According to the document, Saudi Prince Salman bin Sultan had ordered the FSA to “light up Damascus” and “flatten” the city’s civilian airport. The Saudis had also “sent 120 tons of explosives/weapons to opposition forces” for the operation. The Saudis, as the document notes, were “very pleased” with the outcome, which claimed at least 60 lives.
The implications of the NSA document are significant. It offers the clearest proof, in the form of official U.S. government documents, detailing the direct relationship between the armed Syrian opposition and foreign governments, and exposing the fact that this relationship existed much earlier than the mainstream narrative on the conflict had previously suggested.”
And OMG is it a serious exposé of Pierre and his Palace, including his ties to USAAID/CIA in Ukraine, as she exposes various authors acting for the Opposition in Syria: Maz Hussein (who’d glorified the White Helmets),
“Hussain is by no means the only Intercept writer who has taken such a pro-opposition stance regarding Syria. A recent Intercept piece on Syria, published in September, committed glaring factual errors on basic facts about the war, while also mistranslating a speech given by Assad so as to link him to American white nationalists. In addition, the paper recently hired Maryam Saleh, a journalist who has called Shia Muslims “dogs” and has taken to Twitter in recent months to downplay the role of the U.S. coalition in airstrikes in Syria. She also has ties to the U.S.-financed propaganda group Kafranbel Media Center, which has close relations with the terrorist group Ahrar al-Sham.
For a paper ostensibly dedicated to “fearless, adversarial” journalism, it is strange that the Intercept gives voice to journalists who echo the U.S. position regarding the Syrian war while rarely publishing the work of journalists who have challenged prevailing Western narratives on that war — journalists who, as the Intercept itself recently revealed, have been right all along regarding the myth of the Syrian “moderate rebel.” Yet, given Omidyar’s political connections and the paper’s handling of the Snowden cache, this unfortunate decision is unsurprising.”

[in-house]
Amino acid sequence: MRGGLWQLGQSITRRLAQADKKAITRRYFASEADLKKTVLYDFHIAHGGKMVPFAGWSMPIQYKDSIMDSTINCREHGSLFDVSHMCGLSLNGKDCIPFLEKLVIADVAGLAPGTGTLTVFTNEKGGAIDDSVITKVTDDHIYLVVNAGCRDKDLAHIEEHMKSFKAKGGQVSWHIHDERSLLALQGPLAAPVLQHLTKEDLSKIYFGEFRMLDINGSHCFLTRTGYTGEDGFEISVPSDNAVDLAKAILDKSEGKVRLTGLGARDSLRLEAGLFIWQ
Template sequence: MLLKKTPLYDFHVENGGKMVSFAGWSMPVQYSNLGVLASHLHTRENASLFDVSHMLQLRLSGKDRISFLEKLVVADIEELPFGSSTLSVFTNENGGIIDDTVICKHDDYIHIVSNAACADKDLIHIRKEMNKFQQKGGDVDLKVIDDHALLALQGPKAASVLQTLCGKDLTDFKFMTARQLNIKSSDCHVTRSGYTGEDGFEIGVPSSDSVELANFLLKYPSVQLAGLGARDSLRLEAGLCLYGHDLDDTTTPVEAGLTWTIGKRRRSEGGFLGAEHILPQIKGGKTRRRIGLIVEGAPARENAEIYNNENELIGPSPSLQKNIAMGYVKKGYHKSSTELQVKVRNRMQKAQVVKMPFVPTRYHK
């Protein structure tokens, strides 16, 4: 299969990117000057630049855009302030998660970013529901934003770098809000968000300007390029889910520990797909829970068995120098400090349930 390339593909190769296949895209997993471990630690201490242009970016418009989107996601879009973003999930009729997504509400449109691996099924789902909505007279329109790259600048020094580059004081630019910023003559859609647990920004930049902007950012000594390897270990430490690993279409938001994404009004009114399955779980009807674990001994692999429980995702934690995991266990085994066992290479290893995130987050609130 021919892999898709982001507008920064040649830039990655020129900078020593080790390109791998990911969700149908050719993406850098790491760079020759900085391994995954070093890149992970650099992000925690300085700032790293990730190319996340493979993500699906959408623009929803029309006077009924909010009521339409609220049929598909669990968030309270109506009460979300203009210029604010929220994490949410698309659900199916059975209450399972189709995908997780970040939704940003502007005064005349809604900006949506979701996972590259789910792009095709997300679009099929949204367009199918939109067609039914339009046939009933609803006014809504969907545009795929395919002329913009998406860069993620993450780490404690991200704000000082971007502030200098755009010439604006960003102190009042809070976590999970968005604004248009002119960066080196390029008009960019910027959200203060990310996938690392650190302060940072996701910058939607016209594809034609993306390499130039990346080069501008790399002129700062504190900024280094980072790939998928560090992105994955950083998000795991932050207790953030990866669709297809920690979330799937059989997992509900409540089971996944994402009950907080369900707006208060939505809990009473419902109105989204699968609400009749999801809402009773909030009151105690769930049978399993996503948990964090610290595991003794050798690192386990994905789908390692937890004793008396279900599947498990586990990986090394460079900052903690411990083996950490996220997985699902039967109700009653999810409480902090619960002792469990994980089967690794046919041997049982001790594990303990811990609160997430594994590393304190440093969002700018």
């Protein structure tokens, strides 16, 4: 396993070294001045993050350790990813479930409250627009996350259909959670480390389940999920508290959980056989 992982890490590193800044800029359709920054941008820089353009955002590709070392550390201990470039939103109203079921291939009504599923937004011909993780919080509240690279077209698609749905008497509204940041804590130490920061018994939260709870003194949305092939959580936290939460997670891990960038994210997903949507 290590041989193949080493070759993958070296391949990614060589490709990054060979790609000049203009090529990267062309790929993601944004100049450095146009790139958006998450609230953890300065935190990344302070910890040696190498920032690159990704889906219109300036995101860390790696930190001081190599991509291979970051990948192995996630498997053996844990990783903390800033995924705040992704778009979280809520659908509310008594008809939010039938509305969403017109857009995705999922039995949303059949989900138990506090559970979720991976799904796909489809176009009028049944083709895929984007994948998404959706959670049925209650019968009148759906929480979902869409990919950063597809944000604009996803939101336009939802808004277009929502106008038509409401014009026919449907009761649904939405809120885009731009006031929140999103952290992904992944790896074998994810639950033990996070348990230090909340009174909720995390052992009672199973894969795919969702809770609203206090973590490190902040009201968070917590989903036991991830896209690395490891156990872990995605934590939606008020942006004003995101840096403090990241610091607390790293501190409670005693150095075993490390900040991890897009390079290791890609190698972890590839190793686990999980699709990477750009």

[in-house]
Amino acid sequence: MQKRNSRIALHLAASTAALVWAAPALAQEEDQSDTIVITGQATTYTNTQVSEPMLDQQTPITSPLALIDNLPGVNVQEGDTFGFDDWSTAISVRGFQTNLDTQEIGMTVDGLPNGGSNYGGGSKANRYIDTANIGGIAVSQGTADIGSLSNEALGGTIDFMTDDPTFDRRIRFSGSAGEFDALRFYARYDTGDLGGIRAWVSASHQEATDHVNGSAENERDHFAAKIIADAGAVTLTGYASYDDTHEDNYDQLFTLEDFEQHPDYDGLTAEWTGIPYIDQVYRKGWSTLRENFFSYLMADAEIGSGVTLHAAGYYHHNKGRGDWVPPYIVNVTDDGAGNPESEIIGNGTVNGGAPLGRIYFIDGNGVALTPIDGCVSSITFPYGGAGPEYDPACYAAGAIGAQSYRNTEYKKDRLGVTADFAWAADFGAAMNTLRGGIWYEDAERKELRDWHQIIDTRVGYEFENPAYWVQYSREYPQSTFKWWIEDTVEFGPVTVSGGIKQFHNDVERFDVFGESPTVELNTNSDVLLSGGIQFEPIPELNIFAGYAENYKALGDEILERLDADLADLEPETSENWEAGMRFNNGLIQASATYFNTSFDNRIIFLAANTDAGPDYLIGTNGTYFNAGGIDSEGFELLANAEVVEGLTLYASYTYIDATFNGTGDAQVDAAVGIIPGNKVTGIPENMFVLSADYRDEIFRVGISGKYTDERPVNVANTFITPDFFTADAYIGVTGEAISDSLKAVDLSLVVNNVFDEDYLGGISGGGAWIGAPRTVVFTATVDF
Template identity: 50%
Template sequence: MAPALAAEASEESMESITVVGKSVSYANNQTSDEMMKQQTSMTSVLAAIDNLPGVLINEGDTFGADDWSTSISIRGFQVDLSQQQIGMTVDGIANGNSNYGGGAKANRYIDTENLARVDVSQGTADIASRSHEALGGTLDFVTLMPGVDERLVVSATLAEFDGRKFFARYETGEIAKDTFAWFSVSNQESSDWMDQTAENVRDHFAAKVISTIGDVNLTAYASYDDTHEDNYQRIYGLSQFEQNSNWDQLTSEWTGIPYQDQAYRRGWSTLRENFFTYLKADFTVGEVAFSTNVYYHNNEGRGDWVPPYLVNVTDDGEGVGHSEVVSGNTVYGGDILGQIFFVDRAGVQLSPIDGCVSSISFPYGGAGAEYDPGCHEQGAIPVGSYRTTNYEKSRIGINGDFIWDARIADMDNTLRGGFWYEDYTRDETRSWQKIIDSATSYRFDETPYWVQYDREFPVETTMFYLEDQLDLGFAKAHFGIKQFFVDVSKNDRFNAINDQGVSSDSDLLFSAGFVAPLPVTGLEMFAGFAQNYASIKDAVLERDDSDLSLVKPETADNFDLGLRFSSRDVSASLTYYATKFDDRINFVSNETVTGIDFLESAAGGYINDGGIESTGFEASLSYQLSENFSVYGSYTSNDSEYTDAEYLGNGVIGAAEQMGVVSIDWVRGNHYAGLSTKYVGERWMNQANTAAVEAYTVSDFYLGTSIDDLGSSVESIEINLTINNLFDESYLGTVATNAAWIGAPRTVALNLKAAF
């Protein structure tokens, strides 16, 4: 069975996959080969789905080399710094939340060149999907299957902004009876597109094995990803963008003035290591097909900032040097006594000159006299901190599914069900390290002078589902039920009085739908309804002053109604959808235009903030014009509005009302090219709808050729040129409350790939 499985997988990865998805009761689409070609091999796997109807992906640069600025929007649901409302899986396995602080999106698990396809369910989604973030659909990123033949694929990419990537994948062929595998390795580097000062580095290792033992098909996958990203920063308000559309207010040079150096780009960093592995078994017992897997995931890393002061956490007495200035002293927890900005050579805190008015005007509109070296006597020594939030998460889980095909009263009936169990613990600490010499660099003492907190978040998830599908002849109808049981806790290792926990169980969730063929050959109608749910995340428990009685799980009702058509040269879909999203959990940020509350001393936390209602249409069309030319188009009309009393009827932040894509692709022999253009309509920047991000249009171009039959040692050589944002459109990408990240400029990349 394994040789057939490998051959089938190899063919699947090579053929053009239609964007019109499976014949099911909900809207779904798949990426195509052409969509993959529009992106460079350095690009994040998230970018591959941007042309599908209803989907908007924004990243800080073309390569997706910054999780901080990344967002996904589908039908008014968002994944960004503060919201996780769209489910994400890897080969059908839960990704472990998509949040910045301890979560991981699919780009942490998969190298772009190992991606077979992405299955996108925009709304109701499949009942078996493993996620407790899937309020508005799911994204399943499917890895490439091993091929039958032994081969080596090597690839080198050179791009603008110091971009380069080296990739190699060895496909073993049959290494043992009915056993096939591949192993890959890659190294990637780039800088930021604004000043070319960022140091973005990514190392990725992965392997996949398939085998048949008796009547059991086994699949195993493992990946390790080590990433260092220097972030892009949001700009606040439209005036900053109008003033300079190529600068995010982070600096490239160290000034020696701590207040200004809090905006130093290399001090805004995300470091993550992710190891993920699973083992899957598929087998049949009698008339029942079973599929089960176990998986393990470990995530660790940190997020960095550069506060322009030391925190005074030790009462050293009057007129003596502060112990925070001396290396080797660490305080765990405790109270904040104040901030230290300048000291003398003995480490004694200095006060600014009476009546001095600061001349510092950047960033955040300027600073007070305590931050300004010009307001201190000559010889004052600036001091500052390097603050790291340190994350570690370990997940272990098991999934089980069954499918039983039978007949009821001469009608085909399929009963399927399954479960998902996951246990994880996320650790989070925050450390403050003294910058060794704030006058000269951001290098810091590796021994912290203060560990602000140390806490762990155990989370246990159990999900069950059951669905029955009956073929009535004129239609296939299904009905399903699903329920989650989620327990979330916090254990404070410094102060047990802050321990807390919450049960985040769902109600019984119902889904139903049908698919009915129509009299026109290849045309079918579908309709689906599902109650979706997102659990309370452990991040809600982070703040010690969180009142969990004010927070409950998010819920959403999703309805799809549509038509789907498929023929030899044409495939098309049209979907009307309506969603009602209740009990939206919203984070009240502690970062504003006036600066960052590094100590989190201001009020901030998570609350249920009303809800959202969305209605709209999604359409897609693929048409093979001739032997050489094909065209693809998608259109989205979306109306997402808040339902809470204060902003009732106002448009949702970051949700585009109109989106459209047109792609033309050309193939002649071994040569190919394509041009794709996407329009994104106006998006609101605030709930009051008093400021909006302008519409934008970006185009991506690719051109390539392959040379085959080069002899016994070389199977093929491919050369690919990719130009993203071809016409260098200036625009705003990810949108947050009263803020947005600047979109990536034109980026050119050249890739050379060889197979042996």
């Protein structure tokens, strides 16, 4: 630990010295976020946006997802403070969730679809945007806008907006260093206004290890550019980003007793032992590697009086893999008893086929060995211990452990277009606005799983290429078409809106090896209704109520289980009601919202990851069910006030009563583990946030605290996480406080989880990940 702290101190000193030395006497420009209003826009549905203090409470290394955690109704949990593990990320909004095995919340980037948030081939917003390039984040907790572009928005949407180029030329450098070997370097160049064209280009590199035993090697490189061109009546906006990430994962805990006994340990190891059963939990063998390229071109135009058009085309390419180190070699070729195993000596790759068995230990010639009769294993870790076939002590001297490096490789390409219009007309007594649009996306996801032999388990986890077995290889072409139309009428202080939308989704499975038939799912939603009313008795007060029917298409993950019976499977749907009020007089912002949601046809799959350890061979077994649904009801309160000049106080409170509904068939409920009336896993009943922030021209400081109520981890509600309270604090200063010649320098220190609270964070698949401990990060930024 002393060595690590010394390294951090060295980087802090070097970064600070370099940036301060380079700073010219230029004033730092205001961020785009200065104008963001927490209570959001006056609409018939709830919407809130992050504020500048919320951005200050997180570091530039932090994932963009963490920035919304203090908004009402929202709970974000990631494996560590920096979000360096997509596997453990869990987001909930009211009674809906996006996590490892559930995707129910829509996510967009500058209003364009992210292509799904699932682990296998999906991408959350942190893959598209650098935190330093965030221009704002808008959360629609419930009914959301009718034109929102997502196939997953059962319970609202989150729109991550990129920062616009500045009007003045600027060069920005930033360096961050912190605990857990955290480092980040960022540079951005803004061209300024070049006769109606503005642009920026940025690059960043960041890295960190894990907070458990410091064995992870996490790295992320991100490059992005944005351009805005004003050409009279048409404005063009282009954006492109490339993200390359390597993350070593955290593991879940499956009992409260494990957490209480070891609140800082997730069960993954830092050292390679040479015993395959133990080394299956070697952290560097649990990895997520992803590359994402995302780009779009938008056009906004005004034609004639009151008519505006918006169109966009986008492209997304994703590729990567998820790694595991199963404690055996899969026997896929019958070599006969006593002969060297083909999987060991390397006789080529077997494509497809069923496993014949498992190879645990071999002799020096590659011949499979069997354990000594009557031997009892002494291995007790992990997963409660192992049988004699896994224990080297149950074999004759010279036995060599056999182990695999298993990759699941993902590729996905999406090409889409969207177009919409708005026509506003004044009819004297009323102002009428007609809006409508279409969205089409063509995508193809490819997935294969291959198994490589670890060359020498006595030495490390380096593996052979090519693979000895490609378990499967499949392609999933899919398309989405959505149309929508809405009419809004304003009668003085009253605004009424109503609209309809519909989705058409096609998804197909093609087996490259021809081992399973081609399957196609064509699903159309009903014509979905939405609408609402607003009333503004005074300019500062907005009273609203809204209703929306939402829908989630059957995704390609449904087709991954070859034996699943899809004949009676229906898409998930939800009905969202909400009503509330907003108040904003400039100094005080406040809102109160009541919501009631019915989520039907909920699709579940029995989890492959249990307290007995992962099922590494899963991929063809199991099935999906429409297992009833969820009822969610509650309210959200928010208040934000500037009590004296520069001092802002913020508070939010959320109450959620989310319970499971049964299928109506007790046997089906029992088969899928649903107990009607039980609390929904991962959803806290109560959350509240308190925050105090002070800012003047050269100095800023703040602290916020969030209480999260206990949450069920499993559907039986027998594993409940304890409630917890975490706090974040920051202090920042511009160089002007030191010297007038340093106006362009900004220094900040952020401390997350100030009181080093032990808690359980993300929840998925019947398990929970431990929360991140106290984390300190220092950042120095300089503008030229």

Irony as satire: ‘Glenn Greenwald: ‘…it’s just kind of time for me to do other things’, July 15, 2014, Café Babylon (It’s a disgusting read all these years later, but a snippet or two rather out of context):
“Just after the publication of that revelation, GG did an interview with Wired magazine’s Kim Zetter, excerpts of which follow:
“Zetter: You have characterised this story as the finale in your coverage, the pinnacle of your reporting on this topic. Does this and the other stories now constitute the whole iceberg? (With the understanding that of course you don’t possess everything about the government’s surveillance in your cache of documents.) But is this the peak now?
GG: When I talked about my finale I just sort of meant…basically I’ve been doing this for a year now so it’s just kind of time for me to do other things. I’m sure there are stories in there that I passed by because I didn’t recognise the significance of it and neither did the other journalists working on it that people who have a different set of understandings about things would. I already have a few stories written that are going to come after this one, so this isn’t my last one. But I do think there are some really big stories left to tell that would probably be very related to what Ron Wyden was saying… . But we have a snippet of what the NSA did. We don’t have anything close to everything that the NSA did. And it’s possible — in fact I think it’s highly probable — that there are things Ron Wyden knows about and was referring to that, for whatever reason, just aren’t in the documents that we have, or we haven’t found them.”
Wot? He’s tired of this stuff? After snippets? And did he just pass the torch to Ron Weyden?”
Ah, well, there’s more, but that’s enough, and yeah, it got worse, imo.
Also, this really toasted my cookies, still does: ‘Julian Assange Responds to the Freedom of the Press Foundation Cutting WL Loose’, Café Babylon, Dec. 21, 2017
Those parts being hits on The Bad Whistleblower (not publisher) Julian Assange (whose pants are always greasy and smelly) at the Intercept.
Part V isn’t listed, but it was hit on him by way of a choreographed ‘casual conversation’ between Naomi Klein and Glenn Greenwald.
Oh, Pierre, and all you fearless Interceptor journalists, would you please kiss my grits, then sink into the nearest abyss!
p.s. Can’t wait until Whitney Webb and b at MoA get wind of this story, smile. ; )
(cross-posted from Café Babylon)